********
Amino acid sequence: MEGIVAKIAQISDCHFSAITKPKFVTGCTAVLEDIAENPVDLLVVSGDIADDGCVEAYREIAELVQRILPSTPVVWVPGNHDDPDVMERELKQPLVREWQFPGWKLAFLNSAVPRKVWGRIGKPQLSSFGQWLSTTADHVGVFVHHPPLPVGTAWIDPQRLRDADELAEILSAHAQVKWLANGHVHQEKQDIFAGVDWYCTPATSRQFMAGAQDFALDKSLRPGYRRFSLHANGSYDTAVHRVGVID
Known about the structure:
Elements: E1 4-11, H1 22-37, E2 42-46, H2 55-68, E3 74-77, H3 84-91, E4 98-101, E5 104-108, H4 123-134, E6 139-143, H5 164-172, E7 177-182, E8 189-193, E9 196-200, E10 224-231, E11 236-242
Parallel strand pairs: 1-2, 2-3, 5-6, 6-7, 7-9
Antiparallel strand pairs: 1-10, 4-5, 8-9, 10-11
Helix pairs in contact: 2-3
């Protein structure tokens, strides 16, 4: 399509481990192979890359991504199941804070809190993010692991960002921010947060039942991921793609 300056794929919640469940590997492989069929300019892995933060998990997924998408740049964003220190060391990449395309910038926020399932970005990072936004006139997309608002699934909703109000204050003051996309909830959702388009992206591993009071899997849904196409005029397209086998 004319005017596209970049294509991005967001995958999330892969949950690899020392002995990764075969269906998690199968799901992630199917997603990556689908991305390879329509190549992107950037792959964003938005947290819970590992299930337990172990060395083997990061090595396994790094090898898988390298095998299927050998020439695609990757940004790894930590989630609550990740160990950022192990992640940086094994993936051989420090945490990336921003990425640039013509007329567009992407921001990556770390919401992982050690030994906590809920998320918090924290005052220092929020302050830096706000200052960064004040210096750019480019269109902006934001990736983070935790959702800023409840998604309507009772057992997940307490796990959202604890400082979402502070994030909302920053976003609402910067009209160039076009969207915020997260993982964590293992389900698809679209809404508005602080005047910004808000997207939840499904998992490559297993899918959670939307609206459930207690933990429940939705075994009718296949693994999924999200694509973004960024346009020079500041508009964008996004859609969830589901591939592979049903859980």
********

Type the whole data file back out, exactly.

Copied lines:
Amino acid sequence: MEGIVAKIAQISDCHFSAITKPKFVTGCTAVLEDIAENPVDLLVVSGDIADDGCVEAYREIAELVQRILPSTPVVWVPGNHDDPDVMERELKQPLVREWQFPGWKLAFLNSAVPRKVWGRIGKPQLSSFGQWLSTTADHVGVFVHHPPLPVGTAWIDPQRLRDADELAEILSAHAQVKWLANGHVHQEKQDIFAGVDWYCTPATSRQFMAGAQDFALDKSLRPGYRRFSLHANGSYDTAVHRVGVID
Known about the structure:
Elements: E1 4-11, H1 22-37, E2 42-46, H2 55-68, E3 74-77, H3 84-91, E4 98-101, E5 104-108, H4 123-134, E6 139-143, H5 164-172, E7 177-182, E8 189-193, E9 196-200, E10 224-231, E11 236-242
Parallel strand pairs: 1-2, 2-3, 5-6, 6-7, 7-9
Antiparallel strand pairs: 1-10, 4-5, 8-9, 10-11
Helix pairs in contact: 2-3
């Protein structure tokens, strides 16, 4: 399509481990192979890359991504199941804070809190993010692991960002921010947060039942991921793609 300056794929919640469940590997492989069929300019892995933060998990997924998408740049964003220190060391990449395309910038926020399932970005990072936004006139997309608002699934909703109000204050003051996309909830959702388009992206591993009071899997849904196409005029397209086998 004319005017596209970049294509991005967001995958999330892969949950690899020392002995990764075969269906998690199968799901992630199917997603990556689908991305390879329509190549992107950037792959964003938005947290819970590992299930337990172990060395083997990061090595396994790094090898898988390298095998299927050998020439695609990757940004790894930590989630609550990740160990950022192990992640940086094994993936051989420090945490990336921003990425640039013509007329567009992407921001990556770390919401992982050690030994906590809920998320918090924290005052220092929020302050830096706000200052960064004040210096750019480019269109902006934001990736983070935790959702800023409840998604309507009772057992997940307490796990959202604890400082979402502070994030909302920053976003609402910067009209160039076009969207915020997260993982964590293992389900698809679209809404508005602080005047910004808000997207939840499904998992490559297993899918959670939307609206459930207690933990429940939705075994009718296949693994999924999200694509973004960024346009020079500041508009964008996004859609969830589901591939592979049903859980």